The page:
Final Fantasy V: Almost Finished, For Real This Time

I’ll be brief. No, I haven’t finished the game. I’ve reached X-Death’s hideout in the void, where, confronted, he transforms back into his original form: a tree. Yes, a tree. No, this wasn’t a surprise. This gets into the pre-backstory: long ago, someone sealed another evil sorcerer’s soul in this tree, and over the centuries it corrupted and transformed it into the baddie we know. I’ve mentioned how the Dawn Warriors seemed to be the previous generation’s iteration of the same quest the player characters are on, but it seems that variations on the cycle have been going on for a long time. I expect that the final cutscene will contain hints that the evil still isn’t gone for good, and that future generations will face their own version of the story, making the title ironic in a new way.

Anyway, the reason I haven’t plunged ahead into the final battle (or, I suspect, final uninterrupted series of battles) is that it’s so tempting to just keep mastering jobs. It’s so easy now! New job levels come so fast in the end zone. In fact, I was so keen on getting job experience that I didn’t even notice that the encounters in this area don’t yield any normal experience points at all: if you enter with a party of level 50 characters, they’ll still be level 50 after they’ve mastered every job in the game. This strikes me as a clever compromise. In a well-balanced CRPG, it takes about as long to get through the story as it takes to get enough XP for the final battle. But there’s always some danger that the player will decide to spend more time on that treadmill, rendering the mid-game boring and the endgame too easy. Extra character experience comes at the price of a diminished player experience. My singleminded pursuit of job mastery could have easily led me down that road, but for this XP-free zone. Mastering all the jobs in the game mainly just makes your characters more versatile, not more powerful.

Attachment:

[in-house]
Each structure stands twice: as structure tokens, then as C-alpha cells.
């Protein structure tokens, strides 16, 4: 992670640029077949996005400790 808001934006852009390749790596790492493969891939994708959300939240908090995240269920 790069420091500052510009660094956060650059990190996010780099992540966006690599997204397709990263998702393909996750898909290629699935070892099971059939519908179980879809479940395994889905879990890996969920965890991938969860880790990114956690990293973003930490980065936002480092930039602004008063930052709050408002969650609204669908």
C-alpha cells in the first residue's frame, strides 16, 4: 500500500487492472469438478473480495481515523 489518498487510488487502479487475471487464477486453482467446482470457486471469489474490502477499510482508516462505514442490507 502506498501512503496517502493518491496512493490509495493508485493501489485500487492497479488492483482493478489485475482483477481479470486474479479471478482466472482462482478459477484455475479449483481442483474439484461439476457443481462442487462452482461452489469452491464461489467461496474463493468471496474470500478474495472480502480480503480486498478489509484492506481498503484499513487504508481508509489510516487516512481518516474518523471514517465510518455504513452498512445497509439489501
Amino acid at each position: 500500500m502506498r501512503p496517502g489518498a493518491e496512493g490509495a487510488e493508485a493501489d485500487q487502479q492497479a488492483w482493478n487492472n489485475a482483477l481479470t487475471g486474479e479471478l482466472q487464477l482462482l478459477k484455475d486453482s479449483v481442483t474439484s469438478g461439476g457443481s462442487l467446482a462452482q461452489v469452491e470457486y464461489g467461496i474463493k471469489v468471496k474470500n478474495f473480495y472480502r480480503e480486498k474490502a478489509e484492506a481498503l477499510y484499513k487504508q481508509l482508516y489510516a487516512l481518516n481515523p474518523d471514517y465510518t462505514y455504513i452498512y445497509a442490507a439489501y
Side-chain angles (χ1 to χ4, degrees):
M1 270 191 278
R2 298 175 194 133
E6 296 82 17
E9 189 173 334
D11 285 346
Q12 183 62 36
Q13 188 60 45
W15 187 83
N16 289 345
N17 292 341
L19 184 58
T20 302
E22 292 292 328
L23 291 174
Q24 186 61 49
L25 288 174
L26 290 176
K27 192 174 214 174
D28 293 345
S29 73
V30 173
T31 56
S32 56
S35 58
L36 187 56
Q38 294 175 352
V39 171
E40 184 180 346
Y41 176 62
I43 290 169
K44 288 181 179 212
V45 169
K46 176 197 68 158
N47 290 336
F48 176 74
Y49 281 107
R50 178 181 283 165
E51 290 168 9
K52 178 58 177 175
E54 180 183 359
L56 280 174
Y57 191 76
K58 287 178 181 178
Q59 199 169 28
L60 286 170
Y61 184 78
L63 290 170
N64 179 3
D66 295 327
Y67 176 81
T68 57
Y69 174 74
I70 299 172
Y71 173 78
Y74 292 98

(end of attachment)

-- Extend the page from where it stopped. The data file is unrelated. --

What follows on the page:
Except that versatility yields power. Some job skills allow for extremely potent combos. Give the Ninja’s dual-wield capability to the Berserker, and you get a character who can hold a warhammer in each hand.

1 Comment so far

  1. Lefty on 15 Jan 2008

    have I mentioned that hearing about this “Job” stuff is the first time since Final Fantasy 1 I’ve felt any desire to play a Final Fantasy game?

    Personally I don’t care about the stories & would like to dig in to the stat/class numbers game; what I remembered of seeing friends play FF games after 1 was all about “Now a healer joins your part for a while! Then leaves! Now you get a warrior!”, which seems to kill replayability/player control of the party. But the Job stuff made it seem like you had some control of how the Party’s developing.

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